See on newsroom.ucla.edu

31
Ago
13

UCLA researcher invents new tools to manage ‘information overload’ threatening neuroscience

See on Scoop.itBounded Rationality and Beyond

Before the digital age, neuroscientists got their information in the library like the rest of us. But the explosion of neuroscience research has resulted in the publication of nearly 2 million papers — more data than any researcher can read and absorb in a lifetime.

 That’s why a UCLA team has invented research maps. Easily accessible through an online app, the maps help neuroscientists quickly scan what is already known and plan their next study. The Aug. 8 edition of the journal Neuron describes these new tools.  “Information overload is the elephant in the room that most neuroscientists pretend to ignore,” said principal investigator Alcino Silva, a professor of neurobiology at the David Geffen School of Medicine at UCLA and professor of psychiatry at the Semel Institute for Neuroscience and Human Behavior at UCLA. “Without a way to organize the literature, we risk missing key discoveries and duplicating earlier experiments. Research maps will enable neuroscientists to quickly clarify what ground has already been covered and to fully grasp its meaning for future studies.”

See on newsroom.ucla.edu

31
Ago
13

Controlling Self-Organizing Dynamics on Networks Using Models that Self-Organize

See on Scoop.itBounded Rationality and Beyond

Controlling self-organizing systems is challenging because the system responds to the controller. Here, we develop a model that captures the essential self-organizing mechanisms of Bak-Tang-Wiesenfeld (BTW) sandpiles on networks, a self-organized critical (SOC) system. This model enables studying a simple control scheme that determines the frequency of cascades and that shapes systemic risk. We show that optimal strategies exist for generic cost functions and that controlling a subcritical system may drive it to criticality. This approach could enable controlling other self-organizing systems.

 

Controlling Self-Organizing Dynamics on Networks Using Models that Self-Organize

Pierre-André Noël, Charles D. Brummitt, and Raissa M. D’Souza

Phys. Rev. Lett. 111, 078701 (2013)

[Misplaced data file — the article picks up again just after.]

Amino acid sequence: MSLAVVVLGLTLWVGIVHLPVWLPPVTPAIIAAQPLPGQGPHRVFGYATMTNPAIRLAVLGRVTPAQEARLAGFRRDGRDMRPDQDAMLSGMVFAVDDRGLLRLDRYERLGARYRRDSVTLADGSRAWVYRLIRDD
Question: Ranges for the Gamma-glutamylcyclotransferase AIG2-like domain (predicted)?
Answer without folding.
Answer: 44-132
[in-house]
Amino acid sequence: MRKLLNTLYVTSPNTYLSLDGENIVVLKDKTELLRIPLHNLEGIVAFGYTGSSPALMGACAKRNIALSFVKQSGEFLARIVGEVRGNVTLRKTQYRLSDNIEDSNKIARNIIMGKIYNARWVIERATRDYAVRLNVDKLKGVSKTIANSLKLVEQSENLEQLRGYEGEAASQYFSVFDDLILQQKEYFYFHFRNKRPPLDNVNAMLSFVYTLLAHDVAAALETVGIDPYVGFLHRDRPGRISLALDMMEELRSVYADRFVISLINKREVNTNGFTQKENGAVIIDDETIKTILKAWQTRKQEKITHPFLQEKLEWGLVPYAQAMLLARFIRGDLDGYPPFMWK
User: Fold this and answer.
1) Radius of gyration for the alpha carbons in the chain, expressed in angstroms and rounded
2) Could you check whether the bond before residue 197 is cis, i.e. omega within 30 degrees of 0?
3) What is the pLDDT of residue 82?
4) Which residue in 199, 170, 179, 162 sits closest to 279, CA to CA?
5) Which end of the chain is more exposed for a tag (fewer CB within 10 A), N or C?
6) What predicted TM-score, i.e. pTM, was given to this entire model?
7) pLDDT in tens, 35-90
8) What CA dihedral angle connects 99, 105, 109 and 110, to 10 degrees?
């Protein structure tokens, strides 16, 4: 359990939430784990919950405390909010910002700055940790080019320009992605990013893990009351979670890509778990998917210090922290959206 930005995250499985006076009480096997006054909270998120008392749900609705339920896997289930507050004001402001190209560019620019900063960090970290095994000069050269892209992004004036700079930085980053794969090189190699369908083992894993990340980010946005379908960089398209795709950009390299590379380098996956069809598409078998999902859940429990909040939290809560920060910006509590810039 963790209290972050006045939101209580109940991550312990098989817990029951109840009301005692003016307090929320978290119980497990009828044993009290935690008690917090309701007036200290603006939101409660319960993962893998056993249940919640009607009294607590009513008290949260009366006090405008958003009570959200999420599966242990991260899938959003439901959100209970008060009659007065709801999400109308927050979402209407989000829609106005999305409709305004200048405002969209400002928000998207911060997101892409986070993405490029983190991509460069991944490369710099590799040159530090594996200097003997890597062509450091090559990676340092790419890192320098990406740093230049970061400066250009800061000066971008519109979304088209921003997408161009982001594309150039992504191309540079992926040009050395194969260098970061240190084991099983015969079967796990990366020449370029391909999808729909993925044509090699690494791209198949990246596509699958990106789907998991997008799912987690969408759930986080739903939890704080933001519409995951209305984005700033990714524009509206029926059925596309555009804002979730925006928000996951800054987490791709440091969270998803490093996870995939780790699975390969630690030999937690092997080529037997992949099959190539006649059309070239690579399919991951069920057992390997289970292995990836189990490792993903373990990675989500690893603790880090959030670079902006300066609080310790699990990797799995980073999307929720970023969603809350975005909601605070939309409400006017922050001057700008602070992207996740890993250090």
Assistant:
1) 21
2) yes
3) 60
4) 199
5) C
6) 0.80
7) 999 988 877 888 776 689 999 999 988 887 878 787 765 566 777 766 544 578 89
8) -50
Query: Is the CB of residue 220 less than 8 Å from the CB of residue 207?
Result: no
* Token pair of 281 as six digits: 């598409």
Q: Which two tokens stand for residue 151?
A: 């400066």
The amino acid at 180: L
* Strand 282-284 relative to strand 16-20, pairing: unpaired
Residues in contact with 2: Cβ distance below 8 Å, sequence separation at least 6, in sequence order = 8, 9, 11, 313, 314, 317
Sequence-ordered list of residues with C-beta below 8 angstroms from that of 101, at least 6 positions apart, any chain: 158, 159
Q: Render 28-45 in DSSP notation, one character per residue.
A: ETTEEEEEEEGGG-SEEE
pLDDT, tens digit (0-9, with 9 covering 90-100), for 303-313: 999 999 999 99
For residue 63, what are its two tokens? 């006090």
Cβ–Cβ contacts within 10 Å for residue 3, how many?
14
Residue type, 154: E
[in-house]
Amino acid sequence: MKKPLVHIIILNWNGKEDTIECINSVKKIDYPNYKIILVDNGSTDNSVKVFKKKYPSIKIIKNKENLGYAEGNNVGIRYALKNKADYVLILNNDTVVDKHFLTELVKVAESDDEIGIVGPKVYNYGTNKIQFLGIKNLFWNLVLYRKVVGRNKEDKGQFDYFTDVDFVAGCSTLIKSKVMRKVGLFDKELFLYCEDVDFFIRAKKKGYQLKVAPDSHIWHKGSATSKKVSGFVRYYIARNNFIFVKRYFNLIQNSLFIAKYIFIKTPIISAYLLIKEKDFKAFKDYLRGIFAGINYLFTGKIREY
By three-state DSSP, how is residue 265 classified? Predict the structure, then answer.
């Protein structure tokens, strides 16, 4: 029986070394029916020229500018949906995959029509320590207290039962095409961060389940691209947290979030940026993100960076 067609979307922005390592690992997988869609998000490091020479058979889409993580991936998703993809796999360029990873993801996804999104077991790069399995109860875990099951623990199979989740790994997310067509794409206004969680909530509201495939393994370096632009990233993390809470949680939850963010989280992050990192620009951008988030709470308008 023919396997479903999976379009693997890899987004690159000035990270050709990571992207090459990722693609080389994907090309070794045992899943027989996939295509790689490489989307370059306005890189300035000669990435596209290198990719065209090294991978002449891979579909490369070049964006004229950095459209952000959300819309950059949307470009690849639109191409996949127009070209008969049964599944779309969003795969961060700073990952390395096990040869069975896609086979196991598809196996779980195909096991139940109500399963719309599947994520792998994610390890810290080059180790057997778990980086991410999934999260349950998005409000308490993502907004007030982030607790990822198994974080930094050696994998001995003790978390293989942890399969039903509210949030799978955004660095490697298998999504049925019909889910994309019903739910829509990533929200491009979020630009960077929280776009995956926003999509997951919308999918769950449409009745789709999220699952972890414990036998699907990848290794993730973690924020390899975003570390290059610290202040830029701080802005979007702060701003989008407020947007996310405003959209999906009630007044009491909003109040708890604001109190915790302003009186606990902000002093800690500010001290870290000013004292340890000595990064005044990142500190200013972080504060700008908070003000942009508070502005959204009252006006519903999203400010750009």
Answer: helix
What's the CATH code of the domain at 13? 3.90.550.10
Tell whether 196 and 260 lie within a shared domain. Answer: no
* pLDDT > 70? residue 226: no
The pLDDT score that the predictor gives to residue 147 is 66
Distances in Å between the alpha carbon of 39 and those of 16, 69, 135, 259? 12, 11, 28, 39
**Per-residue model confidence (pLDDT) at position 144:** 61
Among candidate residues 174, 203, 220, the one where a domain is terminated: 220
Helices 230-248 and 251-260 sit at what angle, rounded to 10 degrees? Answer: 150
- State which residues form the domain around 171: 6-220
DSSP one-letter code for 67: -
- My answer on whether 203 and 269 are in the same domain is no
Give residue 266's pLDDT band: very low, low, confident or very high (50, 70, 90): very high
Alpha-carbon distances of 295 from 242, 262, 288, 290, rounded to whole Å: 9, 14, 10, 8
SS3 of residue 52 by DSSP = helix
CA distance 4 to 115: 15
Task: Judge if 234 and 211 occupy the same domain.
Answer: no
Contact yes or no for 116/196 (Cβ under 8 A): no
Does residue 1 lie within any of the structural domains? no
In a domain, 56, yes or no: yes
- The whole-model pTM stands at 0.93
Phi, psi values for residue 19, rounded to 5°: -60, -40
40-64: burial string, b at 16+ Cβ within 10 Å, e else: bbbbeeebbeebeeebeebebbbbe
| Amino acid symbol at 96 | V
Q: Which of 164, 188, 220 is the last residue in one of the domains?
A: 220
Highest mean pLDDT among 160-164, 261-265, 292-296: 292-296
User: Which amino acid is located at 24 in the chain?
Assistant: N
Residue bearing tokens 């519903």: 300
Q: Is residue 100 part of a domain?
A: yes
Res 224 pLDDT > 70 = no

http://dx.doi.org/10.1103/PhysRevLett.111.078701

See on prl.aps.org

31
Ago
13

Controlling Self-Organizing Dynamics on Networks Using Models that Self-Organize

See on Scoop.itBounded Rationality and Beyond

Controlling self-organizing systems is challenging because the system responds to the controller. Here, we develop a model that captures the essential self-organizing mechanisms of Bak-Tang-Wiesenfeld (BTW) sandpiles on networks, a self-organized critical (SOC) system. This model enables studying a simple control scheme that determines the frequency of cascades and that shapes systemic risk. We show that optimal strategies exist for generic cost functions and that controlling a subcritical system may drive it to criticality. This approach could enable controlling other self-organizing systems.

Controlling Self-Organizing Dynamics on Networks Using Models that Self-Organize

Pierre-André Noël, Charles D. Brummitt, and Raissa M. D’Souza

Phys. Rev. Lett. 111, 078701 (2013)

http://dx.doi.org/10.1103/PhysRevLett.111.078701

See on prl.aps.org

30
Ago
13

The psychological poverty trap

See on Scoop.itBounded Rationality and Beyond

The poor aren’t less able, they’re distracted, says poverty expert Eldar Shafir. Privileged people subjected to the same conditions would also make bad decisions. The poor often behave in less capable ways, which can further perpetuate poverty. We hypothesize that poverty directly impedes cognitive function and present two studies that test this hypothesis. First, we experimentally induced thoughts about finances and found that this reduces cognitive performance among poor but not in well-off participants. Second, we examined the cognitive function of farmers over the planting cycle. We found that the same farmer shows diminished cognitive performance before harvest, when poor, as compared with after harvest, when rich. This cannot be explained by differences in time available, nutrition, or work effort. Nor can it be explained with stress: Although farmers do show more stress before harvest, that does not account for diminished cognitive performance. Instead, it appears that poverty itself reduces cognitive capacity. We suggest that this is because poverty-related concerns consume mental resources, leaving less for other tasks. These data provide a previously unexamined perspective and help explain a spectrum of behaviors among the poor. We discuss some implications for poverty policy.

See on haaretz.com




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agosto: 2013